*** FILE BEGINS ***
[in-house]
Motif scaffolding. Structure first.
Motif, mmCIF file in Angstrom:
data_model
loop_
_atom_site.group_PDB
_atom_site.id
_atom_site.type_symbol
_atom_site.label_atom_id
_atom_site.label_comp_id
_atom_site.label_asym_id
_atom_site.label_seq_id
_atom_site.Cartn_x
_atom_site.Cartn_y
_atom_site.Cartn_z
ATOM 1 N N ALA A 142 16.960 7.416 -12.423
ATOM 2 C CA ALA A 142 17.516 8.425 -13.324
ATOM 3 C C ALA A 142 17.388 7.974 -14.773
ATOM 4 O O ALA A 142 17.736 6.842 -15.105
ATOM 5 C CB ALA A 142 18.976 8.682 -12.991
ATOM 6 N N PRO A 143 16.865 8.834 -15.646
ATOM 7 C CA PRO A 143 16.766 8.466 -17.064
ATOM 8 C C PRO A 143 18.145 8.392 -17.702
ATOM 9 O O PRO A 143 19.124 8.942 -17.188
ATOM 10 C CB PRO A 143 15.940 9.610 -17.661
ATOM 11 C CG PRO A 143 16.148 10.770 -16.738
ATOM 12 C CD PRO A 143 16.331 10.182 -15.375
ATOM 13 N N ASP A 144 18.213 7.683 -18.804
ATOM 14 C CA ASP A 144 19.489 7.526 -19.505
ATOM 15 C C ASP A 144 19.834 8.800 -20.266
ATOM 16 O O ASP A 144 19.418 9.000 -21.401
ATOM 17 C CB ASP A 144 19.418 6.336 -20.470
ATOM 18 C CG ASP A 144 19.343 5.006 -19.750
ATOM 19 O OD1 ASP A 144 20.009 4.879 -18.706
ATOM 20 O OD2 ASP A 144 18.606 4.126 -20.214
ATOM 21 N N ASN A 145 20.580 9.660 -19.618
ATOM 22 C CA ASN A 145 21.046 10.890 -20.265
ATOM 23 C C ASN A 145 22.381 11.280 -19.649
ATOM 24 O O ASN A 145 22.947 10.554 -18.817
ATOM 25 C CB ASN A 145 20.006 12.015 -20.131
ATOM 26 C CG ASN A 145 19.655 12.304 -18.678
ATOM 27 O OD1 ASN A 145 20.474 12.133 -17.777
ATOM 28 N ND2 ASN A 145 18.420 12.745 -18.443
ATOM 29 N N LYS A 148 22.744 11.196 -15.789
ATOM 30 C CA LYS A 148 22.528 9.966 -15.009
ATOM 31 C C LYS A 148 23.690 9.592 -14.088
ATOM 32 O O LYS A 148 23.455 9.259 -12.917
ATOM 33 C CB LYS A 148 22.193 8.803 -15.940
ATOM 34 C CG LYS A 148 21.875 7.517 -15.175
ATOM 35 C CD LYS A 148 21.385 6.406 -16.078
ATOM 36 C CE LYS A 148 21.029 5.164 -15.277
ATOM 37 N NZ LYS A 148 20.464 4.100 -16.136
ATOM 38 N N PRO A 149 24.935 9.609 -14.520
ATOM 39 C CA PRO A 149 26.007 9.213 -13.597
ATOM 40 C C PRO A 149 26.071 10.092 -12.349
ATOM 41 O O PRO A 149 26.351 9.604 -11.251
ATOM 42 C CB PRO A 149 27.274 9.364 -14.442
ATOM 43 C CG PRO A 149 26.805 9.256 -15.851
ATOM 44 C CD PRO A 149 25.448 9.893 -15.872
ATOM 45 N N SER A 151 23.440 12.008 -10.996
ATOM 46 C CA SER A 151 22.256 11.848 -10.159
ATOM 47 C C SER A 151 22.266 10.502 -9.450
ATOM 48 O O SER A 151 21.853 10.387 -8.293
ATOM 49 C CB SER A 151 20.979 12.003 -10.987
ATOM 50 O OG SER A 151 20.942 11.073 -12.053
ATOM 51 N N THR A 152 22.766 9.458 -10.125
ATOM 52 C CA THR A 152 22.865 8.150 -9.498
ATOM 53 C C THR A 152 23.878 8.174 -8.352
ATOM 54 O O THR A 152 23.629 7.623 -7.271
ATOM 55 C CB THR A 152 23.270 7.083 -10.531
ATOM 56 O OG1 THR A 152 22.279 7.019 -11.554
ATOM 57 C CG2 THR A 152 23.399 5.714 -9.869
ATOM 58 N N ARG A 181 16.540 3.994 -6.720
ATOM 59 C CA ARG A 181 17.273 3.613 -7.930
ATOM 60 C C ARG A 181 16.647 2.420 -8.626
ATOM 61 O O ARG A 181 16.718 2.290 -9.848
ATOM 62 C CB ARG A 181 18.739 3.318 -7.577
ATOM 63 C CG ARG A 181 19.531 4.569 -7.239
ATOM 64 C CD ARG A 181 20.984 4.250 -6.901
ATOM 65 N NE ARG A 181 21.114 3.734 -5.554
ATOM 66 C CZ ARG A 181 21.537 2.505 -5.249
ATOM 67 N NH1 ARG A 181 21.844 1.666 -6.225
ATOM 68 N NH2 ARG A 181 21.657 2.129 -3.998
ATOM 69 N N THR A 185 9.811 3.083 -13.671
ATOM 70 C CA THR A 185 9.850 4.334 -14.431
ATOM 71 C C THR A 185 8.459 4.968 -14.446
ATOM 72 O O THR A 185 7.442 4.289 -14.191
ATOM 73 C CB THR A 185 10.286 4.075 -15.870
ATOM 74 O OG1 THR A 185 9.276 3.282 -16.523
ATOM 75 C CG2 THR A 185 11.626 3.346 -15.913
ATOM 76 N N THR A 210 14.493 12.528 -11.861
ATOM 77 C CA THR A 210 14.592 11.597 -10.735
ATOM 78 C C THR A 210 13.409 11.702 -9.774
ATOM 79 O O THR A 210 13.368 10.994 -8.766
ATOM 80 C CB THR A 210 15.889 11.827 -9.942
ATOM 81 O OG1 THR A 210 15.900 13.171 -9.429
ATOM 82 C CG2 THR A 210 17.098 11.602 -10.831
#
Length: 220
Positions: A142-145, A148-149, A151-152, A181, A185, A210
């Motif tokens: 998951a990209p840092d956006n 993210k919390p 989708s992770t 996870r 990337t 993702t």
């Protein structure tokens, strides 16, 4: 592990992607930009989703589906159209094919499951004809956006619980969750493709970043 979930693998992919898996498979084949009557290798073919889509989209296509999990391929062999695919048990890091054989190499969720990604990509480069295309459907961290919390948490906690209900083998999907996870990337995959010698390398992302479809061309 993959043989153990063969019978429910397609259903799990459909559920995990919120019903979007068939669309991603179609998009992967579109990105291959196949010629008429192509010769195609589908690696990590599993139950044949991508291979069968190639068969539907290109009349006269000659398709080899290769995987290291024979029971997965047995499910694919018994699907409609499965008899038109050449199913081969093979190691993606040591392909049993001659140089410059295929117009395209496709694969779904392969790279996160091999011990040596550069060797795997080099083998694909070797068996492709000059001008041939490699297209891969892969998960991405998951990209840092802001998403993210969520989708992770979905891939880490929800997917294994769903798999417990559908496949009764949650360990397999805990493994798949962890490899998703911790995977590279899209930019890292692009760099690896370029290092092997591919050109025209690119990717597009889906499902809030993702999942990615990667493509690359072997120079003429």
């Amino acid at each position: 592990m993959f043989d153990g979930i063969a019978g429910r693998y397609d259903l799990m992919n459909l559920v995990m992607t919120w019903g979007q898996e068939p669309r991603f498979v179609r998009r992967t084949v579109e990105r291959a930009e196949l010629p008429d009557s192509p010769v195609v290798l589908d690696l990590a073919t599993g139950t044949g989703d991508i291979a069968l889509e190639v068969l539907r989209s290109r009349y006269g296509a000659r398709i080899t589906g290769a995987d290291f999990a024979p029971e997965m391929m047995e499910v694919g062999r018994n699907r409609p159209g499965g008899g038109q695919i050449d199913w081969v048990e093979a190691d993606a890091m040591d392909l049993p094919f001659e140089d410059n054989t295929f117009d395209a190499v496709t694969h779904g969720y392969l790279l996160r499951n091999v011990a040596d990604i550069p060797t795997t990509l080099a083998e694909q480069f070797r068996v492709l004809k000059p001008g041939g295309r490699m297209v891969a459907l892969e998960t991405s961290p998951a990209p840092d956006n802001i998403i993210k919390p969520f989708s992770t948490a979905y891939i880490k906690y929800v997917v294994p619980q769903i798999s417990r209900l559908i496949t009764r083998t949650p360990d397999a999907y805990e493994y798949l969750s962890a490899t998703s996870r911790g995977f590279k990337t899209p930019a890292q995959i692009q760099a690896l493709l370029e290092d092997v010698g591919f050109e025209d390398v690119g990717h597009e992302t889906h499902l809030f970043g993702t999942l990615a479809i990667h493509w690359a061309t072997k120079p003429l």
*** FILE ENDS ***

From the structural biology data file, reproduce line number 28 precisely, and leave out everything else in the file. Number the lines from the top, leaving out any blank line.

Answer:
ATOM 13 N N ASP A 144 18.213 7.683 -18.804